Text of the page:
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Four arrested in Indiana for the running of fake-Wounded Warrior fundraisers, pocketing money

Four Indiana residents were accused of performing fake “Wounded Warrior” fundraisers.

(Wounded Warrior Project)

Four people in Indiana were arrested for running fake “Wounded Warrior” fundraisers to raise money for the veterans, but instead pocketing more than $ 125,000 for himself.

The police charged James D. Linville, 44, and Joanie Watson, 38, of Clarksville, as well as Thomas A. Johnson, 42, and Amy L. Bennett, 40, both of Henryville, with conspiracy to commit wire fraud and conspiracy to commit mail fraud. If convicted, the four could face up to 20 years in prison, the Courier-Journal reported.

Authorities say the four suspects led others to believe that they are donating to different causes such as the Wounded Warrior Project, which “serves veterans and service members who incurred a physical or mental injury, illness, or wound, co-incident to their military service,” according to the website.

However, the donations went to the Wounded Warrior Fund Inc. and the Wounded Warrior Foundation, Inc., that were made by one of the four people, the chief Prosecutor of the V. S. Josh J. Minkler said Friday.

The fake organizations, the claimed donations would go towards the military families in Indiana, Kentucky and Ohio.

The officials said the four collected more than $ 125,000 donations from about 1,000 people and companies that believed they were giving money to the real organization. Instead, the defendants deposited the money to fraudulent checking accounts and used it to go shopping for himself, the indictment stated.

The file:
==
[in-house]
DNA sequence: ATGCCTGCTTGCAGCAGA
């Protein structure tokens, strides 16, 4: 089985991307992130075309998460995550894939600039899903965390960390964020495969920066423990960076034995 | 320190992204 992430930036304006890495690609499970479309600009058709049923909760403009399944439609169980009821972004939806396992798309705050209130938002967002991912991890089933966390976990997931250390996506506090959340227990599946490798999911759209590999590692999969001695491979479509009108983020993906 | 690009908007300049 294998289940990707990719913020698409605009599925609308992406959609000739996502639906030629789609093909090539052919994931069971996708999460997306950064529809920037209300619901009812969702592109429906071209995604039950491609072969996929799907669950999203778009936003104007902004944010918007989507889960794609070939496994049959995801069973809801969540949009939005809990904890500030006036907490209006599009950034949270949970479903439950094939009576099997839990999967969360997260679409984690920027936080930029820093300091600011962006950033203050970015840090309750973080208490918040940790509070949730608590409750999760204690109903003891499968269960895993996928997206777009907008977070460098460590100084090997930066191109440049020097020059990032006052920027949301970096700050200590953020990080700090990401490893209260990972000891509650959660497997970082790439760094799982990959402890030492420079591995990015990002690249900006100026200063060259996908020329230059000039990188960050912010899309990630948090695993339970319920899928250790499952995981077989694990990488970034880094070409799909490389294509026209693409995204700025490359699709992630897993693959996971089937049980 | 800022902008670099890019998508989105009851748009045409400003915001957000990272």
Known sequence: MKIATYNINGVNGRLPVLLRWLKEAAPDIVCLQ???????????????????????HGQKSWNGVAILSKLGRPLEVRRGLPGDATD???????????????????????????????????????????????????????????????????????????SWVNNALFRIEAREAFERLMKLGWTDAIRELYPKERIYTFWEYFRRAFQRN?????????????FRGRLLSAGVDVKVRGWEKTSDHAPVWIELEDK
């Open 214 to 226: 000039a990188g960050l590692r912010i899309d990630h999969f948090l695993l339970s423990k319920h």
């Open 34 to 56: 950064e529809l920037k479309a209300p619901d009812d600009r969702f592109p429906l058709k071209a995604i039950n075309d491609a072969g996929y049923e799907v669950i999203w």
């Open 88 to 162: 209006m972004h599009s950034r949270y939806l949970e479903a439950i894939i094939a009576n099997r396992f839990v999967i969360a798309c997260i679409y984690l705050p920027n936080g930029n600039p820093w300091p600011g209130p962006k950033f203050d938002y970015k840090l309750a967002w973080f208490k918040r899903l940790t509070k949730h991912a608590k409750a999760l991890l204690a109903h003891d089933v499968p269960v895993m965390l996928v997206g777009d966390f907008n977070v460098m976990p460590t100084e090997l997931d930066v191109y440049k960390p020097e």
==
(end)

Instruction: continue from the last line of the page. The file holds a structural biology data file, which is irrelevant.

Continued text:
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The police said Linville also used the alias Sgt. Bob Davis, while Johnson went by Paul Bradley in the scheme.

The U.S. Secret Service and the Clark County Sheriff’s Department is investigating the scheme for three years.

“Our American veterans have dutifully served this country through many wars and deserve better than to be robbed of donations from donors,” Minkler said: “The actions of these fraudsters have eroded the trust and goodwill of people who want to contribute to a legitimate charitable organizations, including those in support of our veterans.”

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The Wounded Warrior Project, thanked law enforcement for reducing the scam.

“We are grateful to the enforcement of the law will hold those involved responsible for their actions and the damage that they have caused our nation’s bravest and their families,” the Wounded Warrior Project said in a statement. “WWP is committed to ensuring donor intentions are honored and we take this responsibility very seriously.”

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